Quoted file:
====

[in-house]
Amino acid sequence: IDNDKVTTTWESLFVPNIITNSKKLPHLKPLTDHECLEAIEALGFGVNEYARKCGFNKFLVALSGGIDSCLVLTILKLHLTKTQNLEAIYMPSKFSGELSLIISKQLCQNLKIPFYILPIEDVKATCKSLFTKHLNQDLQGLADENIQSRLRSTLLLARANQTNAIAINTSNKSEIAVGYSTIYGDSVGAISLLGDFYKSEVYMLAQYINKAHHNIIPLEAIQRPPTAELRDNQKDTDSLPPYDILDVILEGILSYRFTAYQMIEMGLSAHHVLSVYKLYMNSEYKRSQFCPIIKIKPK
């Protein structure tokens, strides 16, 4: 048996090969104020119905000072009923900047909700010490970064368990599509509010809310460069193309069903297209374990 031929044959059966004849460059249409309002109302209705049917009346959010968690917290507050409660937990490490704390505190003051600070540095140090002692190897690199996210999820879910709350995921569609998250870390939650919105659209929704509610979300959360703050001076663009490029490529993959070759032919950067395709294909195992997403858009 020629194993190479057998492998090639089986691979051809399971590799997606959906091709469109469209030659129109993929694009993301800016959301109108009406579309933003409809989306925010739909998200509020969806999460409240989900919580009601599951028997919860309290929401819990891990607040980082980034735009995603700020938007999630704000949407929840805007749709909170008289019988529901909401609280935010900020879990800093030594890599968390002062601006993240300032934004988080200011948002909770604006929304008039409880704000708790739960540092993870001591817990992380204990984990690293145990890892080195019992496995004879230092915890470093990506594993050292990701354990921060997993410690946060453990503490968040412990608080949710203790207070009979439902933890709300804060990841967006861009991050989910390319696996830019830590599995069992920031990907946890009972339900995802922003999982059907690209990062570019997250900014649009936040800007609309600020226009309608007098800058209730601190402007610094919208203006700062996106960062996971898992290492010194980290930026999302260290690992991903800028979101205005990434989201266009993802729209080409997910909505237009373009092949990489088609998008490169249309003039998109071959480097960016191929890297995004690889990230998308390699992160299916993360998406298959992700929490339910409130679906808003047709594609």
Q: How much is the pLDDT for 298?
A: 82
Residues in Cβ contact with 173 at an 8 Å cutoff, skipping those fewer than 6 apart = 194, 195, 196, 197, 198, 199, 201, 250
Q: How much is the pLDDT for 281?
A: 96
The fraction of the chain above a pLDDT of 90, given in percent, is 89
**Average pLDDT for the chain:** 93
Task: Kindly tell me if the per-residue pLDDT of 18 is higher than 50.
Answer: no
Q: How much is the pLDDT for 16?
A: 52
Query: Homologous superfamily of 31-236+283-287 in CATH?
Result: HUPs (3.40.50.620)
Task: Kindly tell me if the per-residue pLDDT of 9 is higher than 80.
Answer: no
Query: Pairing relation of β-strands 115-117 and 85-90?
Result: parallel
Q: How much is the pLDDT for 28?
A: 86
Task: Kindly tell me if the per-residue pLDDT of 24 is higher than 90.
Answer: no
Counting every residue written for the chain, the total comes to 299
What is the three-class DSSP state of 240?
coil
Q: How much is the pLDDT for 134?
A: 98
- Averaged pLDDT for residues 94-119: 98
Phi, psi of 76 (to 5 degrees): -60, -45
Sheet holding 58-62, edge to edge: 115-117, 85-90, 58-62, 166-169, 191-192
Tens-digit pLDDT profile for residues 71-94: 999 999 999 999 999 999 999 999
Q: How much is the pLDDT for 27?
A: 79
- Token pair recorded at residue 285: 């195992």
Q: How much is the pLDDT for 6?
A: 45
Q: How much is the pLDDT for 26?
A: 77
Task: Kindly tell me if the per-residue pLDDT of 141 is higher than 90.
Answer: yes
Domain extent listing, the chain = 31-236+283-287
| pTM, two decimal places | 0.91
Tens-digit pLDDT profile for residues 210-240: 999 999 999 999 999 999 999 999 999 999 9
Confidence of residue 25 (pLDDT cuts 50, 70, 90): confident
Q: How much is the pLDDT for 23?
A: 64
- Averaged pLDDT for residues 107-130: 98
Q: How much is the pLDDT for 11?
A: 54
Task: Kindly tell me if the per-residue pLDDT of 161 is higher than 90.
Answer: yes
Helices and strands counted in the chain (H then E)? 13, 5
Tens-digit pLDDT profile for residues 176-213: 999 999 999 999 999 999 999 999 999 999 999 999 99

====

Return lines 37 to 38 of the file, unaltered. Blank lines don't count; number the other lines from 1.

Q: How much is the pLDDT for 6?
A: 45